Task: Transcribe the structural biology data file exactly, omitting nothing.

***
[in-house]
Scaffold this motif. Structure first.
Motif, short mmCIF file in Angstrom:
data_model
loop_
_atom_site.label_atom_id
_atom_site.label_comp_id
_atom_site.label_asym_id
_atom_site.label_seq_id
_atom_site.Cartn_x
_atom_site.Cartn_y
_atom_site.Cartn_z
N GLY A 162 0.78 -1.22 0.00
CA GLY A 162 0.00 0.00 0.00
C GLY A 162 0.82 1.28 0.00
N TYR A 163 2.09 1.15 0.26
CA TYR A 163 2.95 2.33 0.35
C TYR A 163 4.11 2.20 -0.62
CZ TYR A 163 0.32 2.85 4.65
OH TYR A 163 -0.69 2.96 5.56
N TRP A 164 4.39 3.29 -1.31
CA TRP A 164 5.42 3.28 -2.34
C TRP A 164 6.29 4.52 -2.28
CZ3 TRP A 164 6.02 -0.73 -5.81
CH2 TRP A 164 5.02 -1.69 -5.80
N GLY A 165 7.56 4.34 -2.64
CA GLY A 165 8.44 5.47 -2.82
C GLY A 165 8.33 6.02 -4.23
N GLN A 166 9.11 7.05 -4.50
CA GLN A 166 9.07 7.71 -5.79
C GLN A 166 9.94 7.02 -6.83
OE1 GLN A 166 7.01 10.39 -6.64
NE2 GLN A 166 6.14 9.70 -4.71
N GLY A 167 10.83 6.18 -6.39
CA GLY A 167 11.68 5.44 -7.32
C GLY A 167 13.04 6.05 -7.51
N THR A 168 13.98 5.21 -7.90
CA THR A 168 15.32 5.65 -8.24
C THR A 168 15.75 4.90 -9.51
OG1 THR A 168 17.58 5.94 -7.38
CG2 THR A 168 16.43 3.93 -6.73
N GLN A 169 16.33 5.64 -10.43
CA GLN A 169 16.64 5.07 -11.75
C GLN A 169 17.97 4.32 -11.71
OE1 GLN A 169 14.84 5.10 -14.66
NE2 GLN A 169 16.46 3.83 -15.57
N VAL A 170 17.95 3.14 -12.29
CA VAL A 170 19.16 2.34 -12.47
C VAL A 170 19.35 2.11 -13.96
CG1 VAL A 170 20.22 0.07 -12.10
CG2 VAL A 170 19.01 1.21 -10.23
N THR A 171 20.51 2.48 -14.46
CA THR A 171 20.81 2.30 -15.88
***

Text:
[in-house]
Scaffold this motif. Structure first.
Motif, short mmCIF file in Angstrom:
data_model
loop_
_atom_site.label_atom_id
_atom_site.label_comp_id
_atom_site.label_asym_id
_atom_site.label_seq_id
_atom_site.Cartn_x
_atom_site.Cartn_y
_atom_site.Cartn_z
N GLY A 162 0.78 -1.22 0.00
CA GLY A 162 0.00 0.00 0.00
C GLY A 162 0.82 1.28 0.00
N TYR A 163 2.09 1.15 0.26
CA TYR A 163 2.95 2.33 0.35
C TYR A 163 4.11 2.20 -0.62
CZ TYR A 163 0.32 2.85 4.65
OH TYR A 163 -0.69 2.96 5.56
N TRP A 164 4.39 3.29 -1.31
CA TRP A 164 5.42 3.28 -2.34
C TRP A 164 6.29 4.52 -2.28
CZ3 TRP A 164 6.02 -0.73 -5.81
CH2 TRP A 164 5.02 -1.69 -5.80
N GLY A 165 7.56 4.34 -2.64
CA GLY A 165 8.44 5.47 -2.82
C GLY A 165 8.33 6.02 -4.23
N GLN A 166 9.11 7.05 -4.50
CA GLN A 166 9.07 7.71 -5.79
C GLN A 166 9.94 7.02 -6.83
OE1 GLN A 166 7.01 10.39 -6.64
NE2 GLN A 166 6.14 9.70 -4.71
N GLY A 167 10.83 6.18 -6.39
CA GLY A 167 11.68 5.44 -7.32
C GLY A 167 13.04 6.05 -7.51
N THR A 168 13.98 5.21 -7.90
CA THR A 168 15.32 5.65 -8.24
C THR A 168 15.75 4.90 -9.51
OG1 THR A 168 17.58 5.94 -7.38
CG2 THR A 168 16.43 3.93 -6.73
N GLN A 169 16.33 5.64 -10.43
CA GLN A 169 16.64 5.07 -11.75
C GLN A 169 17.97 4.32 -11.71
OE1 GLN A 169 14.84 5.10 -14.66
NE2 GLN A 169 16.46 3.83 -15.57
N VAL A 170 17.95 3.14 -12.29
CA VAL A 170 19.16 2.34 -12.47
C VAL A 170 19.35 2.11 -13.96
CG1 VAL A 170 20.22 0.07 -12.10
CG2 VAL A 170 19.01 1.21 -10.23
N THR A 171 20.51 2.48 -14.46
CA THR A 171 20.81 2.30 -15.88